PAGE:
The joint Health Foundation and Nuffield Trust study looked at a range of performance factors in England, Scotland, Northern Ireland and Wales, such as death rates and waiting times. It found that on the whole the four nations were improving, largely due to extra funding, but the rate of improvement was faster in Scotland, Northern Ireland and Wales than in England.
For the past five years, for instance, England has averaged 75% for ambulance response rates – answering life-threatening calls within eight minutes. However, Scotland and Northern Ireland demonstrated the best improvements, rising from 55% to 73% in the five years. Wales also rose to 68% from around 55%.
The report also found that figures for avoidable deaths rates have been improving across the UK, which is a very good sign. Rates more than halved in each country from 1990 to 2010. Despite England having the best figures, again the biggest improvements were made by Scotland, Wales and Northern Ireland.
At Fletchers, we recently conducted research into patient complaints which mirror these findings. We asked patients in the four nations if they had ever had cause to make a complaint (either formally or informally) about any aspect of the service they received from the NHS. In England, over 55% had cause to complain, while only 17% of people in Scotland and 17% in Wales did. Patients in Northern Ireland were the most happy, with only 11% having a reason to complain.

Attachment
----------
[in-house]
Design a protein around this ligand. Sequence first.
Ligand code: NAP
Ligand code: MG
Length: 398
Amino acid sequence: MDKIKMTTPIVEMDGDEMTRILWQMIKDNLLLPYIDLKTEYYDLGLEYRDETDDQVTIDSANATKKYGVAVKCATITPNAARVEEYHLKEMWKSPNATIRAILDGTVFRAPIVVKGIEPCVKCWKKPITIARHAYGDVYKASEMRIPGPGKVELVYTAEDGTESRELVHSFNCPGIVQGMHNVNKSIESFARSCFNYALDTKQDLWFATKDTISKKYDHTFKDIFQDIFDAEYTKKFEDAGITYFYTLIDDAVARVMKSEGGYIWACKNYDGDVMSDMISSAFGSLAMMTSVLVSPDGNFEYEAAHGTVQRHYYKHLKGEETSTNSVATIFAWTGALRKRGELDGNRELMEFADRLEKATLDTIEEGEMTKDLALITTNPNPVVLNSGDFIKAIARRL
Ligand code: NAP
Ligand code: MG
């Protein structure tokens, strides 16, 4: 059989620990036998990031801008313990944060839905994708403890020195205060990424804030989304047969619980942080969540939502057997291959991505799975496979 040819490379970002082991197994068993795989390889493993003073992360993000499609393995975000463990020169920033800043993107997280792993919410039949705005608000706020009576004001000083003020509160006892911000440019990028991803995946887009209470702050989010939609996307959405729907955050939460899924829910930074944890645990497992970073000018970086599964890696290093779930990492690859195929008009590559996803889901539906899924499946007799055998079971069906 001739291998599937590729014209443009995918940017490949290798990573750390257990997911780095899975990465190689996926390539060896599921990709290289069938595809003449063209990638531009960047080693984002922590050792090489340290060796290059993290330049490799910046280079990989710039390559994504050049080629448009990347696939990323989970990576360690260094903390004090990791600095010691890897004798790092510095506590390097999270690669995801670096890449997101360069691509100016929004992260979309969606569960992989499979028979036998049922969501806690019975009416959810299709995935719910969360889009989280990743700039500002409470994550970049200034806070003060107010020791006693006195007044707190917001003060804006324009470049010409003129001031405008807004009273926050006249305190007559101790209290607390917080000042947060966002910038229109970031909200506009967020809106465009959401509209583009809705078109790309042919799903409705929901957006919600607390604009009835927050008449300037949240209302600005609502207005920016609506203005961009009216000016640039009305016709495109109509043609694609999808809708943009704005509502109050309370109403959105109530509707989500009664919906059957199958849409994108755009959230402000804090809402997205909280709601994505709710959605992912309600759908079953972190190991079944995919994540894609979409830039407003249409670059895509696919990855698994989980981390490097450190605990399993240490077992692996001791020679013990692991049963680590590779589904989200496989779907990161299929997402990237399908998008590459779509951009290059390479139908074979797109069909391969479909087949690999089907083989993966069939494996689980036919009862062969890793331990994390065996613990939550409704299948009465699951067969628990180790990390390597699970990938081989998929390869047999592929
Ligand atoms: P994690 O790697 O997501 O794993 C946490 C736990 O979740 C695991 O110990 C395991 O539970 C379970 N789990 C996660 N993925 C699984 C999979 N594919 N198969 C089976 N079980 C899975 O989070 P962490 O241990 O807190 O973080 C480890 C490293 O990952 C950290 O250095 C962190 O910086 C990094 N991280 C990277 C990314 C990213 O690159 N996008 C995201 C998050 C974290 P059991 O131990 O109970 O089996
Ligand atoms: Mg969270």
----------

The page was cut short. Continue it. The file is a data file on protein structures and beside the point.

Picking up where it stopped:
What this report indicates is that the quality of healthcare is slowly improving but the NHS in England needs to step up if it wants to make bigger improvements demonstrated in Northern Ireland, Scotland and Wales. Performance was found to rise when there was an injection of additional funding and an increase in budgets. So ultimately what this shows is that in order to continue to improve on performance we need to protect the NHS budget and continue to invest in resources and staff.